Don’t second-guess yourself…
By now, most folks in the tech world have learned about the controversy surrounding a donation to an anti-gay-marriage organization by Mozilla’s new CEO. The controversy around that is being robustly discussed elsewhere, but it’s made me think hard about the issue of “clean money” and the conflict between transparency and anonymity.
I may down on this by the end of this post, but let me start from the a position of individual liberty: It’s a violation of a person’s rights to have the government surveil and record acts of political speech, which includes donating money to chosen political causes. If I purchased $1000 worth of paper, markers and sticks, and made a pile of yard signs to support a cause or candidate and then gave those to passers by, should I be required to register this act with a government agency? What if I paid my out-of-work friend to help me? What if I gave $1000 to a like-minded campaigner to do it for me?
At the other end of this spectrum is the corrupt situation we’re in today: Money that supports political campaigns comes in no small part from corporate special interests, and it’s not easy for a voter to understand where politicians get their money, and thus who is going to have influence about how our government functions.
Maybe the solution is to draw a hard line between corporation and individuals…or so the thinking goes. I question this rationale for several reasons. If I want to open a issue-oriented hot dog stand and put my profits towards a political candidate, what right does anybody have to tell me that I can’t do that? Large corporations may not be hot dog stands, but they are by definition good at acting in their own financial best interests, and even if you could convince me that there’s a moral way to disallow corporate speech, I don’t think that there’s a practical way to do it: Money finds a way of getting whether it “needs” to go despite rules to the contrary. If corporations can’t speak, the money will find a way to things that can…I think it’s a hopeless game of cat and mouse, and frankly I’m glad the game was lost more quickly with the Citizens United decision because it means we might be able to work on a real solution more quickly instead of just band-aids.
This is a classic battle between a real-world problem that desperately needs to be fixed and a natural right that is at risk of being violated if you try.
I’m inclined to think that honoring the rights of individuals to anonymously speak is worth going to great lengths to protect, and I therefore think that the right thing for our country to do is to adopt public financing of elections…not because it’s going to result in a radical change of who’s in office in the short term, but because it means that those who do hold office don’t have the same incentives they would otherwise have to please their campaign funders.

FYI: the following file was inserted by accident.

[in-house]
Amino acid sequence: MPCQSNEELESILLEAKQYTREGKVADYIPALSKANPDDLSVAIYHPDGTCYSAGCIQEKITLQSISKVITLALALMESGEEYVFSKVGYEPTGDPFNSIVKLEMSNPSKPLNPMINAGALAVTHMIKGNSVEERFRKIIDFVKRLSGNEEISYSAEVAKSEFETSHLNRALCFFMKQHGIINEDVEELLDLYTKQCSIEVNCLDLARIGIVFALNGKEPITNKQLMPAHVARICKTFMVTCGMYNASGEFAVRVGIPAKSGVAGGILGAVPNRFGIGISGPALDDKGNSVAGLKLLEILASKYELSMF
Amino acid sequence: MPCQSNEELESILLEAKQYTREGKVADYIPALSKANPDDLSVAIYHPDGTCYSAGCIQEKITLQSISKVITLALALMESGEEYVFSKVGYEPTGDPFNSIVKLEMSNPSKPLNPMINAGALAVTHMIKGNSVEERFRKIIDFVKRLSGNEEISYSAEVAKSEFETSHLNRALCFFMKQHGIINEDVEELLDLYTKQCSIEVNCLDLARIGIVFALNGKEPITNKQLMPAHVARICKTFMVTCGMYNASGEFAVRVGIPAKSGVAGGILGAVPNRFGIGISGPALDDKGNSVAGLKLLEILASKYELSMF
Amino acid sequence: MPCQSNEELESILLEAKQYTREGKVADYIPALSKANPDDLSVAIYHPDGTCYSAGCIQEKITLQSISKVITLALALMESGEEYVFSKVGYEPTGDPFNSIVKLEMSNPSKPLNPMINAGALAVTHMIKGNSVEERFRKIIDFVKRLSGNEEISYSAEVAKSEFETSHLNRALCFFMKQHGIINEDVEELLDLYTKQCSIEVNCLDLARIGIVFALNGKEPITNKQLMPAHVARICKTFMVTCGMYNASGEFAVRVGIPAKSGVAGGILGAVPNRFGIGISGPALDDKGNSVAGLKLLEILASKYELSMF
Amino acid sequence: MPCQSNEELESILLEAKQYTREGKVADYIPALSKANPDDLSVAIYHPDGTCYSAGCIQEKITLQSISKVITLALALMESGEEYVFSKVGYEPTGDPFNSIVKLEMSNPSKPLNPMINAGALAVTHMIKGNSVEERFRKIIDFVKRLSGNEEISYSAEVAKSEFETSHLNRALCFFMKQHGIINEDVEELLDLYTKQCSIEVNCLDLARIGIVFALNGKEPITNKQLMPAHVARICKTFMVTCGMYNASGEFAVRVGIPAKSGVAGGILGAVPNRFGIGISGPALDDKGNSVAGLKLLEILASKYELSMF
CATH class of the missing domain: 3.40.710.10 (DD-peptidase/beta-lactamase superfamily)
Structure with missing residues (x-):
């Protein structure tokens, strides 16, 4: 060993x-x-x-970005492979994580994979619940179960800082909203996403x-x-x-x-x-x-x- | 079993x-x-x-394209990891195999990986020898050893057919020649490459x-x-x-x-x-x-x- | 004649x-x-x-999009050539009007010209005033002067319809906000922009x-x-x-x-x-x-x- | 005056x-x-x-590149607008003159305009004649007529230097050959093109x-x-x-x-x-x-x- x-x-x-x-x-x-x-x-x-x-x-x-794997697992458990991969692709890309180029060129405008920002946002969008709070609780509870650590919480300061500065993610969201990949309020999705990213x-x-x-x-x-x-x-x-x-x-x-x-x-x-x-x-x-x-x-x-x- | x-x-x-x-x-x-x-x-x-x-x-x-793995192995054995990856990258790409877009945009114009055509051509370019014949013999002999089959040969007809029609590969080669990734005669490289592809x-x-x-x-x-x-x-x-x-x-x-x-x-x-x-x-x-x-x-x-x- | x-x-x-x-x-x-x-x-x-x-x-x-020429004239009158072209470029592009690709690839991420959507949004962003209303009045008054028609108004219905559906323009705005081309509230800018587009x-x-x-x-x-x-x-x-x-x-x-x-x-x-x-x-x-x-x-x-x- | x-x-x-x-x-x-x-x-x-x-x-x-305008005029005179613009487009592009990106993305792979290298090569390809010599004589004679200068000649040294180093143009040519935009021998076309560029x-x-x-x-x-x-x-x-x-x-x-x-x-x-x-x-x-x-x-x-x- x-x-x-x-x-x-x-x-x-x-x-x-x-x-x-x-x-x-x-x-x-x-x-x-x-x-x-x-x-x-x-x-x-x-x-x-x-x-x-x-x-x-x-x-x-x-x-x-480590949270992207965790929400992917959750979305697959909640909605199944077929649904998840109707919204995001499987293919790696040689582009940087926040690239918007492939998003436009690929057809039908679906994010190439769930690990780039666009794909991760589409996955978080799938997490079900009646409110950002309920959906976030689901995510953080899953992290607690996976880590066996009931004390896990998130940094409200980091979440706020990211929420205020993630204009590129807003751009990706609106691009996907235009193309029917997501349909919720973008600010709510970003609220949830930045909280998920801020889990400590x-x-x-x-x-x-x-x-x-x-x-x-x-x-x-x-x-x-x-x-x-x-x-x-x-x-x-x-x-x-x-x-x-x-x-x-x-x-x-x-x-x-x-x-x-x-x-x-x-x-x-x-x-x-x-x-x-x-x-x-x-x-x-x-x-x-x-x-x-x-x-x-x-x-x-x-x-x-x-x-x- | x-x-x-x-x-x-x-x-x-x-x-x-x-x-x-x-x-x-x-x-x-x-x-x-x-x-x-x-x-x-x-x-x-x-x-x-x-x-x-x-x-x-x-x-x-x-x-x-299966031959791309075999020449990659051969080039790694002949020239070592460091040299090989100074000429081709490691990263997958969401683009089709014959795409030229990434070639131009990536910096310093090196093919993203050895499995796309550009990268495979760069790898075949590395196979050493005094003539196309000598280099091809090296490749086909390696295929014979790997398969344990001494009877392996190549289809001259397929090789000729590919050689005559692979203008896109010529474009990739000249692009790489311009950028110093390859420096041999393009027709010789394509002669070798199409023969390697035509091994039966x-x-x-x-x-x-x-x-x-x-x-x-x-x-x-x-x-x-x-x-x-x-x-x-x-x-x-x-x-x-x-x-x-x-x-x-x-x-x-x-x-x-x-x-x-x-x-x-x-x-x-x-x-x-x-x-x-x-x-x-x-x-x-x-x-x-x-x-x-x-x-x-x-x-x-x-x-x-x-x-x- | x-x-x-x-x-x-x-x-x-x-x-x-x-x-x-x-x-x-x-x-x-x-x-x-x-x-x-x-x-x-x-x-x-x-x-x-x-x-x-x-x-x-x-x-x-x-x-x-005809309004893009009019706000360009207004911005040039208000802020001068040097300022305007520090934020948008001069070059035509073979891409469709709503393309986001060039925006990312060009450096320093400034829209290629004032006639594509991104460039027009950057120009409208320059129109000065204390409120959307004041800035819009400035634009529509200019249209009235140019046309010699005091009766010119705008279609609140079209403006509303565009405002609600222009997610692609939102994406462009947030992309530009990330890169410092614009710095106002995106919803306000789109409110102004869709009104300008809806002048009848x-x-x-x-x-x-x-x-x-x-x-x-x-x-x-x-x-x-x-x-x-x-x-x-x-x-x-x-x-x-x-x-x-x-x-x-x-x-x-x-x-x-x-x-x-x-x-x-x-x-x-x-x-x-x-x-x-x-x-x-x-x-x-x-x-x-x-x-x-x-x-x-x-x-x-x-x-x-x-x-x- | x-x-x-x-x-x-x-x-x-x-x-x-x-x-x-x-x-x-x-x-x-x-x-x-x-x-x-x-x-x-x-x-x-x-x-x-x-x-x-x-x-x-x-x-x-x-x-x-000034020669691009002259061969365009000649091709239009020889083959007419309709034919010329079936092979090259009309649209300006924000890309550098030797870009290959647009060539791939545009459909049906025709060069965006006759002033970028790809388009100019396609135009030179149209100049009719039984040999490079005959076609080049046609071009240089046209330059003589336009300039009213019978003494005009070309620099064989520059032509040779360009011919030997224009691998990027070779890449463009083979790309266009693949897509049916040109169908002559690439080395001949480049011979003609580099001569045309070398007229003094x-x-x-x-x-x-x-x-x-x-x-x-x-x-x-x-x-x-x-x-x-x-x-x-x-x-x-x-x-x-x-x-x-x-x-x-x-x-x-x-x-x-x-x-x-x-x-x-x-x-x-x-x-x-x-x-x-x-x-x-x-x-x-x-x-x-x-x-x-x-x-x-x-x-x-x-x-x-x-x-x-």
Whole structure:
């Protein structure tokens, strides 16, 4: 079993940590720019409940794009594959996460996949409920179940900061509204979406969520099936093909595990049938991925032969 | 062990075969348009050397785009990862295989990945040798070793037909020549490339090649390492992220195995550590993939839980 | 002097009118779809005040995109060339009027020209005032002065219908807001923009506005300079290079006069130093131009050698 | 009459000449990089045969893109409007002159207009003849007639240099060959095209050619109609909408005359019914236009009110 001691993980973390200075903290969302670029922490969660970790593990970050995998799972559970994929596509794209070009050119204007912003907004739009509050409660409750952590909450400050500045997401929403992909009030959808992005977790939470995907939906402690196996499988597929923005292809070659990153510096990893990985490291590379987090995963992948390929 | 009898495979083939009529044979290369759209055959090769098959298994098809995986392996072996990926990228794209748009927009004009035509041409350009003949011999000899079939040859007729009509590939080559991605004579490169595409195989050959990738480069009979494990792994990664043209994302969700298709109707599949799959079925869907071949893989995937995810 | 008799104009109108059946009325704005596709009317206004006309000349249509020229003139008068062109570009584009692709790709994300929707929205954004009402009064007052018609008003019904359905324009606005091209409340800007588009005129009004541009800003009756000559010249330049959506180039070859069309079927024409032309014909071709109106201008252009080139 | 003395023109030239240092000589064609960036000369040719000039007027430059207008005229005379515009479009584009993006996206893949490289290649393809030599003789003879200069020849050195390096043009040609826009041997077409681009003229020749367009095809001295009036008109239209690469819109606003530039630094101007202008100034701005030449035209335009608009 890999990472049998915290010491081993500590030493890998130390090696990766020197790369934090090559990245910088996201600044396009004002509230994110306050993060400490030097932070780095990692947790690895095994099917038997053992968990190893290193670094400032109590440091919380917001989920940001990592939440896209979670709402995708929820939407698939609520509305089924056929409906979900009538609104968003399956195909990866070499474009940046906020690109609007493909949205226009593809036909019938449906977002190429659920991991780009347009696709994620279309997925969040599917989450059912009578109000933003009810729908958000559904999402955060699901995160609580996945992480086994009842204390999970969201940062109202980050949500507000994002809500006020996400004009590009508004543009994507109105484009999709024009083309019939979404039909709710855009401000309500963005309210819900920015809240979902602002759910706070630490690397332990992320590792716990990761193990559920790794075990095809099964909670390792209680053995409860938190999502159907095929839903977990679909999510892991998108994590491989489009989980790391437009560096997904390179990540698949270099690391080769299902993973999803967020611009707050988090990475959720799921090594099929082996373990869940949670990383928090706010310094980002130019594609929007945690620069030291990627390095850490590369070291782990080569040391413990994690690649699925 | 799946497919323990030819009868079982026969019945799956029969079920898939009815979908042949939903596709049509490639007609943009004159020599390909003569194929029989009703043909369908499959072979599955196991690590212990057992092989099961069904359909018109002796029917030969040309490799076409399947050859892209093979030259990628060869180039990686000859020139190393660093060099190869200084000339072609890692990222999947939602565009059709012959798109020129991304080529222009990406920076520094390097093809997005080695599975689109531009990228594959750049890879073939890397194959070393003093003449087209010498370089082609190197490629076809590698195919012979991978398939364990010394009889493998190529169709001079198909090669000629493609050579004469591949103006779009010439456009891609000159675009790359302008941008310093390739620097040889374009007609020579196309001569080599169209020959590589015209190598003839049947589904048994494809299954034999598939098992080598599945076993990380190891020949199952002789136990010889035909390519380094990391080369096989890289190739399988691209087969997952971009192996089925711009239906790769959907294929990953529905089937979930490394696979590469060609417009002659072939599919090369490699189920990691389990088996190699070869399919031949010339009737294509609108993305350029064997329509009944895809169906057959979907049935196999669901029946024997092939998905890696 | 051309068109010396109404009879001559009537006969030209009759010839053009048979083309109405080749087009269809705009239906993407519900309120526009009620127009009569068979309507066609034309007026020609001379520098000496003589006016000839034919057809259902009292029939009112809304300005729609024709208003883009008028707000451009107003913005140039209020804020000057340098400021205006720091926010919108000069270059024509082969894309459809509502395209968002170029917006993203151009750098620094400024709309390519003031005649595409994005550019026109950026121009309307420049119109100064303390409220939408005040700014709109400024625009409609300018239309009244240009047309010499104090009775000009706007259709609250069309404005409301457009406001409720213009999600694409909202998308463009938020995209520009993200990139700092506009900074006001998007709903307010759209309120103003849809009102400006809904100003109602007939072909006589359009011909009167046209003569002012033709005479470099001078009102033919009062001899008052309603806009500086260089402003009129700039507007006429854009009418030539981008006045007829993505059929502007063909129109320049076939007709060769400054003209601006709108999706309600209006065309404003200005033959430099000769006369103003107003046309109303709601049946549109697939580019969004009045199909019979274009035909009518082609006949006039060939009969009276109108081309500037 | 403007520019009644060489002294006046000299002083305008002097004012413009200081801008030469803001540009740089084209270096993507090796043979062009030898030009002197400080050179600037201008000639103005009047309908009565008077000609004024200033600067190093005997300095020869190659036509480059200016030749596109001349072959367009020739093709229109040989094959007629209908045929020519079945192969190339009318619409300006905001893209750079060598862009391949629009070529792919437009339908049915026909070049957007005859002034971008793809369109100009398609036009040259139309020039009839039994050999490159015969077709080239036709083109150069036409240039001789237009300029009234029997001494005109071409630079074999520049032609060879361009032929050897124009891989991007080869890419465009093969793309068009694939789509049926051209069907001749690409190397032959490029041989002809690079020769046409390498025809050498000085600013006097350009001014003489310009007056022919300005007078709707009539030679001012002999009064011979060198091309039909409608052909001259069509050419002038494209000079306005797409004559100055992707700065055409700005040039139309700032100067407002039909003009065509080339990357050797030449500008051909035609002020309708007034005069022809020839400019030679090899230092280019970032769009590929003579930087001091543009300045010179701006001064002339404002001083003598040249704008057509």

And let’s not forget to mention changing our voting system.
Short version: The passport office near where I live is so understaffed, people are expected to line up outside on Saturday morning at 7AM so they can take a number when it opens hours later. I was so stunned I created a petition on Whitehouse.gov about it.
Long version: I also wrote to my representatives (Lofgren in the house, Feinstein and Boxer in the Senate):
Thank you X,Y,Z for your service to our country. I was stunned by what I saw at the Willow Glen passport office (1750 Meridian Ave, San Jose, CA) this past Saturday (March 15, 2014), and I’m writing to make sure my representatives are aware of the situation and hoping that this awareness will spur them to act.
I went to mail a package on Saturday morning about 10:15 with my two daughters. We walked by the passport office (a separate entrance, but part of the same building the post office is in), and I saw that there were signs on the door…I figured that perhaps someone was out due to illness or something. When I went in to mail my package, I asked the postal employee what was happening over at the passport office. They said there had been “cutbacks” that reduced the number of clerks to only 1, and that all passport appointments were consumed for the day. She went on to say that if I ever needed something from the passport office, I should plan to arrive at 7 in the morning and stand in line for hours until the office opened.
Passport offices are an important resource for all Americans, and it’s a mark against our country that it would be so overwhelmed with customers that it would take hours and hours for a family to perform a routine task. I’m especially saddened at how this harms working people who cannot necessarily take time off work during the week.
This lack of appropriate staffing hurts not only employees and customers, but it also damages the standing of the United States abroad by making it more difficult for US citizens to travel and positively represent the American people to the world community.
I would appreciate any efforts you could make, especially in partnership with your colleagues from across the isle, to study and remedy this situation hastily. Thank you again for your service to our country and best wishes.